How much do you know about London's mudlarking community? Mudlarking has roots that date as far back as the late 18th and 19th centuries, and yet its history and relevance are largely overlooked and forgotten today. Portrait photographer Tom Harrison got stuck in the mud with London's mudlarking community to explore the people still seeking treasure on the banks of the Thames.
Photographer Tom Harrison revived the practice of scurrying through London's mudbanks in search of lost treasure by photographing the remaining members of the subculture who still engage in this activity. Inspired by his curiosity after seeing many lonesome figures on the foreshore of the Thames at low tide, Harrison one day went over and investigated just what they were up to. And what he found sparked his imagination.
"The Thames is such a huge part of London, yet most Londoners never get any closer to it than simply crossing over the various bridges as they travel around the city," he says. "It struck me how mudlarkers were one of the few subcultures actively involved and connecting with the river every day."
After conducting some research and befriending mudlarker Jason Sandy on Instagram, Harrison began the process of meeting and photographing the community. Sandy put him in touch with other members, and many of Harrison's portraits made it into Sandy's latest book, Mudlarks: Treasures from the Thames.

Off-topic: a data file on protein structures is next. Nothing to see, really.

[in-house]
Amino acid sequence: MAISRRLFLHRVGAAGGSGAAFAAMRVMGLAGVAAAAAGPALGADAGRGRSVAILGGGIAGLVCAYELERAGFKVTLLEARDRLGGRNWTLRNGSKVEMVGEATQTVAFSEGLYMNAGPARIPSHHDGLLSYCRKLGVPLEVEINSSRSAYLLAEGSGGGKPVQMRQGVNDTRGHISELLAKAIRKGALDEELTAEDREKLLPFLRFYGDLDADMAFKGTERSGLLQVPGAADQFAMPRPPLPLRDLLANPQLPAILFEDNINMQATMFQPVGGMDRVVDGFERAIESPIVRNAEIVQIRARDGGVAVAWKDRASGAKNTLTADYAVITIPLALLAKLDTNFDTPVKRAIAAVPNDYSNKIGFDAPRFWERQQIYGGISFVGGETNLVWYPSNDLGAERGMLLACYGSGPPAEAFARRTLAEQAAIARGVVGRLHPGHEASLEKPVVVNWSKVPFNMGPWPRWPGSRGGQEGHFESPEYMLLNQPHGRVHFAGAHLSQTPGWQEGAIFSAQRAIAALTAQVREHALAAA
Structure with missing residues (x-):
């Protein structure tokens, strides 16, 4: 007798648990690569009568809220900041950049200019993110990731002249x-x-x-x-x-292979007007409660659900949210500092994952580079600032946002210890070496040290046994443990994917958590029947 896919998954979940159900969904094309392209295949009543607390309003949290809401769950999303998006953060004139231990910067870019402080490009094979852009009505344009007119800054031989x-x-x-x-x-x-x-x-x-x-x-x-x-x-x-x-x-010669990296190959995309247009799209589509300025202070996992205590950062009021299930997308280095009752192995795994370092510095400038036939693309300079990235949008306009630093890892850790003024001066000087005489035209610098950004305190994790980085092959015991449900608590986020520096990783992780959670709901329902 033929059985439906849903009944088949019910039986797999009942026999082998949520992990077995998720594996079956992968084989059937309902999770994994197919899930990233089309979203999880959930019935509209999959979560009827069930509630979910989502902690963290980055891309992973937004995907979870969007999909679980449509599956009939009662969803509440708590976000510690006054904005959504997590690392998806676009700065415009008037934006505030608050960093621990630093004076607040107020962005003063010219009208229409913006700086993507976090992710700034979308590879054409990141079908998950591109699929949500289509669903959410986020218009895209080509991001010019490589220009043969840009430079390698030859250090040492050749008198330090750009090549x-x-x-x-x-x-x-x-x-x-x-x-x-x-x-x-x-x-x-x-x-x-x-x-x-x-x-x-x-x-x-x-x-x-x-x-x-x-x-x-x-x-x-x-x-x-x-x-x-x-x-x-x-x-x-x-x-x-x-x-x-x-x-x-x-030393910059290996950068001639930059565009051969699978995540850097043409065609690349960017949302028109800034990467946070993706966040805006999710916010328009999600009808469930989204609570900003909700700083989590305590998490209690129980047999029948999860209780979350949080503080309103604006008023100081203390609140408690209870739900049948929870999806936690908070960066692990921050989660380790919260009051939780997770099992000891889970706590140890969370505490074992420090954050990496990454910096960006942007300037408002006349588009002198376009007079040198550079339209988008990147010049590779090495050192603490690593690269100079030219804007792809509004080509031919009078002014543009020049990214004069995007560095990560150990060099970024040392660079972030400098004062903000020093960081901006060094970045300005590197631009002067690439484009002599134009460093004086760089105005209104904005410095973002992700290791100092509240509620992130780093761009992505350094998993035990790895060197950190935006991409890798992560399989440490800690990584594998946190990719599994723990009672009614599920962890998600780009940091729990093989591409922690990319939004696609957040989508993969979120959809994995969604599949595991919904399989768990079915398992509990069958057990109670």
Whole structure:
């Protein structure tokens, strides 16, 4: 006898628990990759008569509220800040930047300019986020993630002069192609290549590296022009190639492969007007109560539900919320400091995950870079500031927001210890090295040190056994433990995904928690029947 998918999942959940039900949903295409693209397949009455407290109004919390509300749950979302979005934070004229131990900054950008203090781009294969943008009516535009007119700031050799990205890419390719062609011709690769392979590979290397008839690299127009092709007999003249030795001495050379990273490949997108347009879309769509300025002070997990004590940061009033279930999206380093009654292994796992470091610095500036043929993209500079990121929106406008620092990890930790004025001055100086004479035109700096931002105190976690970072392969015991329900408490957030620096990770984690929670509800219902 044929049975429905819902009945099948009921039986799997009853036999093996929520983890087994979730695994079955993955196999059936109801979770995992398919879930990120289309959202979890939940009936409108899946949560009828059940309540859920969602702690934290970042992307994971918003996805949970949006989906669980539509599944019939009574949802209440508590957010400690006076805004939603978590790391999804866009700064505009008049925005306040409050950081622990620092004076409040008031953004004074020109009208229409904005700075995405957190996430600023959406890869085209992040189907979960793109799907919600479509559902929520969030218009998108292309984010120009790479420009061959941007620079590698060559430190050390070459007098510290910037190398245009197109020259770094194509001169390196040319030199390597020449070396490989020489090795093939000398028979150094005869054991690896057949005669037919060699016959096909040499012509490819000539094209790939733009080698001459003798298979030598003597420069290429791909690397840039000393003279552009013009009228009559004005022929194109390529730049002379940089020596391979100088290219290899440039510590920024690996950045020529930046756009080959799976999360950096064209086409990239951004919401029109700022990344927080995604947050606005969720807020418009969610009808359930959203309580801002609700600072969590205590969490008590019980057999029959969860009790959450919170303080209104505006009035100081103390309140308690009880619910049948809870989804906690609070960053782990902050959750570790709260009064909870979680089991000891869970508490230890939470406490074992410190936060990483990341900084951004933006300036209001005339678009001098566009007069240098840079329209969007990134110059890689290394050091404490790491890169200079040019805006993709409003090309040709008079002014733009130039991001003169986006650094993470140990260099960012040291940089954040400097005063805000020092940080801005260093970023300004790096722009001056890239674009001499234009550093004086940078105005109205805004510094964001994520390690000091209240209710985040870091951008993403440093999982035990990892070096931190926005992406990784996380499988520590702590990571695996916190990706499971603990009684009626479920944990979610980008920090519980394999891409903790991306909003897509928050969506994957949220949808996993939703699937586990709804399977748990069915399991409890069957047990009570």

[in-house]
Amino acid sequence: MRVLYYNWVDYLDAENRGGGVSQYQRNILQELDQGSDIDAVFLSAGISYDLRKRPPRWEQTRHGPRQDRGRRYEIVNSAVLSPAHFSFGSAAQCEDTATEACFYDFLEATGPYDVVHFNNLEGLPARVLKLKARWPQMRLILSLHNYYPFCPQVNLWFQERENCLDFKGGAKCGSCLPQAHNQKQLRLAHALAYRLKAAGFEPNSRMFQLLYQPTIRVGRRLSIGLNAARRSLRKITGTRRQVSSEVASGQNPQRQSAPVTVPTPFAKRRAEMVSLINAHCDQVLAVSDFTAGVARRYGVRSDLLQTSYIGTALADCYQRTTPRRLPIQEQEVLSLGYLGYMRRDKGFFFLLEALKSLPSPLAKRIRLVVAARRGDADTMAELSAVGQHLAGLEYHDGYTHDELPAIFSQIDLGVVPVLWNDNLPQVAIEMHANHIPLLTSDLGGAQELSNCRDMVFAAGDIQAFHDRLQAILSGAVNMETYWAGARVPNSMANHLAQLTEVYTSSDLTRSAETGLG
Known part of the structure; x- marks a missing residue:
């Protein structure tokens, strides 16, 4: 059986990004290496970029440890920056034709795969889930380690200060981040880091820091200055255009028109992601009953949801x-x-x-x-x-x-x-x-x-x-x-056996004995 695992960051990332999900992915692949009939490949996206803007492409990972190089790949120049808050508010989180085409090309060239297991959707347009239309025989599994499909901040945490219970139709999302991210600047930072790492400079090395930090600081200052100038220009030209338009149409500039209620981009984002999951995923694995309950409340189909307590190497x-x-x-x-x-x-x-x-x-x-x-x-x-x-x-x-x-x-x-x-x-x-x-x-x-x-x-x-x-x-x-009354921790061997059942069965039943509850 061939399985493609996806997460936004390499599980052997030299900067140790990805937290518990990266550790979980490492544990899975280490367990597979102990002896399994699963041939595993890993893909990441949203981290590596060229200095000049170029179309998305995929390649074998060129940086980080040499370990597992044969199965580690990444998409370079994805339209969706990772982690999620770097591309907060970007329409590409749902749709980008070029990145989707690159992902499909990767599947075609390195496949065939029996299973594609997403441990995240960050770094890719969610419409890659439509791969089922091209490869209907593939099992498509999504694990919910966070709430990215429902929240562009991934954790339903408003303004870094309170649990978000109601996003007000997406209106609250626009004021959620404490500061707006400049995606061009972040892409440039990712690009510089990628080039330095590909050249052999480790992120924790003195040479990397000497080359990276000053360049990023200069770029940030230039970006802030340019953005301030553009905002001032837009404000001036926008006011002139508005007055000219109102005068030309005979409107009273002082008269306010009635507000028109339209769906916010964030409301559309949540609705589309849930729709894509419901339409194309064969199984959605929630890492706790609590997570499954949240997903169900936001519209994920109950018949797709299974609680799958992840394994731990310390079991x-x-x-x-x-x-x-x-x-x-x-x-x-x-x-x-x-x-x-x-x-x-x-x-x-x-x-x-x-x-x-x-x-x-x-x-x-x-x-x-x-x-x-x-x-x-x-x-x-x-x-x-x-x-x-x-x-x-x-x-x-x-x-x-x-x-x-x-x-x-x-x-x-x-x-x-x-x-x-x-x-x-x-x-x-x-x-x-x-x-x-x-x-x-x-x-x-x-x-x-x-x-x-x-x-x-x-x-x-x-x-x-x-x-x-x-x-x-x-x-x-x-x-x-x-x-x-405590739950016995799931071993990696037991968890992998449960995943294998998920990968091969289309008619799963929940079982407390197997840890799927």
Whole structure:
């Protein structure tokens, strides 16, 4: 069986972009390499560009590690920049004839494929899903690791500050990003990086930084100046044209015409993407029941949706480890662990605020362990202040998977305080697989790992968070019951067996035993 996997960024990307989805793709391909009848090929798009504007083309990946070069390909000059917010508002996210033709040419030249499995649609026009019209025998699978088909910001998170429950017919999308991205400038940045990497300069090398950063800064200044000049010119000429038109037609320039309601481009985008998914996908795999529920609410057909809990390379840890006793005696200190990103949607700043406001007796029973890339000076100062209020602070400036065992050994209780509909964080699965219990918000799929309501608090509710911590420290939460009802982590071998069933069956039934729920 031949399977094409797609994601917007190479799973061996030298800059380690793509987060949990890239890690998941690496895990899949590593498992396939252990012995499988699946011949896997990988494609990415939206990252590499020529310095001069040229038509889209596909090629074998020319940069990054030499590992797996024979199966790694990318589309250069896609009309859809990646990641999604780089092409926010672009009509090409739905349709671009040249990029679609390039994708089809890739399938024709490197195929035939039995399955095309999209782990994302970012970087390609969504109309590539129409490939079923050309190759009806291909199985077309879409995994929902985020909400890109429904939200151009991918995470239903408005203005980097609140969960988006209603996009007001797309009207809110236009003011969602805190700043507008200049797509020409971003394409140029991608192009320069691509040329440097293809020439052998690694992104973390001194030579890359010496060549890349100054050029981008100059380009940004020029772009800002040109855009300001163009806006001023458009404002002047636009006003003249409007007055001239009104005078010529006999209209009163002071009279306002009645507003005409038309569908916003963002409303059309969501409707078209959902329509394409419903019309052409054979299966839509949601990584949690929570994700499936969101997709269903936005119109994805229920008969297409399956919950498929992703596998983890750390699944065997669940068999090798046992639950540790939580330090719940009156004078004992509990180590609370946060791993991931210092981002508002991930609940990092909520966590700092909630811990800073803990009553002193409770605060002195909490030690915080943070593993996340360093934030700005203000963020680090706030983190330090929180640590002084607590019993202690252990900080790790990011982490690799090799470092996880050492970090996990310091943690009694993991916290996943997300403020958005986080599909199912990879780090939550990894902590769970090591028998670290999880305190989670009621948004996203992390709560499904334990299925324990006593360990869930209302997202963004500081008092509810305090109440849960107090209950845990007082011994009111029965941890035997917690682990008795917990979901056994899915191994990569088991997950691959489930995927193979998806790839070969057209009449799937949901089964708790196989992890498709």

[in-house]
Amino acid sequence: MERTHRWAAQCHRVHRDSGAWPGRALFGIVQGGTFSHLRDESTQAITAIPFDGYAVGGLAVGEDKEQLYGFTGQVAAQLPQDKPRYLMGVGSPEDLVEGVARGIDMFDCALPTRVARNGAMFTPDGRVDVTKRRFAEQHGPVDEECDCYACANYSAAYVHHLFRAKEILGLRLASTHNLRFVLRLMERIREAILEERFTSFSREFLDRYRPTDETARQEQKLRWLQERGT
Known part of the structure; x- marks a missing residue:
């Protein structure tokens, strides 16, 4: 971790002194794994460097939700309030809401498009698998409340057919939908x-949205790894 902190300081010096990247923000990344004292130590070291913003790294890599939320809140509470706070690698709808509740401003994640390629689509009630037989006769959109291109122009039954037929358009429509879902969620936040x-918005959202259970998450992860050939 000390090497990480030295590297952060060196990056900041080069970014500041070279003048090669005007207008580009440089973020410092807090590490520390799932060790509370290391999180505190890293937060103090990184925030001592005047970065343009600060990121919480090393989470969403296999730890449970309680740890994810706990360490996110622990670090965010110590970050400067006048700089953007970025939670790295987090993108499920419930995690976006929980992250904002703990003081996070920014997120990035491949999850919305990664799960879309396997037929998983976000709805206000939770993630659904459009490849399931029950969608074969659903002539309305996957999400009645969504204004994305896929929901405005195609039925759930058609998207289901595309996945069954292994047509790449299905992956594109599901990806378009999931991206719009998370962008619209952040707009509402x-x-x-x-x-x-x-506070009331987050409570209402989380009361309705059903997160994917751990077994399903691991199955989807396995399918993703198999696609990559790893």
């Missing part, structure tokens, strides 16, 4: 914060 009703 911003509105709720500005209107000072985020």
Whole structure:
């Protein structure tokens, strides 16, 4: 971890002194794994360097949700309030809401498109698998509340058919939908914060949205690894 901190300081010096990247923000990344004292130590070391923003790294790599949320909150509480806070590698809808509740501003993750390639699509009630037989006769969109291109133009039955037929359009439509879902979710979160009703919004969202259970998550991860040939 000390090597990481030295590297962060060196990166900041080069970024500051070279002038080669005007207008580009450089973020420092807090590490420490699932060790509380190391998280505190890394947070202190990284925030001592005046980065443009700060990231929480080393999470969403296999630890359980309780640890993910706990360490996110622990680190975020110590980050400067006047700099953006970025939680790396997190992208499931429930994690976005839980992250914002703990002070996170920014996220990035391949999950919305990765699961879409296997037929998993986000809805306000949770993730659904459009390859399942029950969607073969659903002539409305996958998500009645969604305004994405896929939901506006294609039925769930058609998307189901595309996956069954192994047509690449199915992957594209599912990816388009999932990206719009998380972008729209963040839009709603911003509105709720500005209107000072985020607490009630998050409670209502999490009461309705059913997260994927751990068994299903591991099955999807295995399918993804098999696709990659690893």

Putting the Mudlarks of London project together was quite a complex undertaking, with Harrison eventually photographing 30 mudlarks in total. The biggest challenge of the project included finding mudlarks who were happy being photographed – "A lot of the people who I ended up shooting for the project had never had their portrait taken before and were slightly apprehensive," adds Harrison.
"A key part of my role as a portrait photographer is creating an atmosphere on set that allows the subjects to feel comfortable and to portray their true selves to the camera. I think you can see in the images that everyone involved is exactly where they want to be: amongst the mud and the wet of the foreshore."
Armed with clever lighting to create a more evocative and cinematic feel to the photographs, Harrison worked his magic to transform the mudlarks and light up the muddy spaces – despite the battering taken by his equipment.
But it was worth it for the collection of images. "My main takeaway from this project is a realisation of how photography is the perfect excuse to explore," says Harrison." Your camera gives you an excuse to ask questions, to introduce yourself to people you wouldn't normally get to speak to and learn from. Creatively, the project has reinforced the importance for me of shooting personal projects alongside my commercial commissions. It gives you so much freedom to push your work in different directions."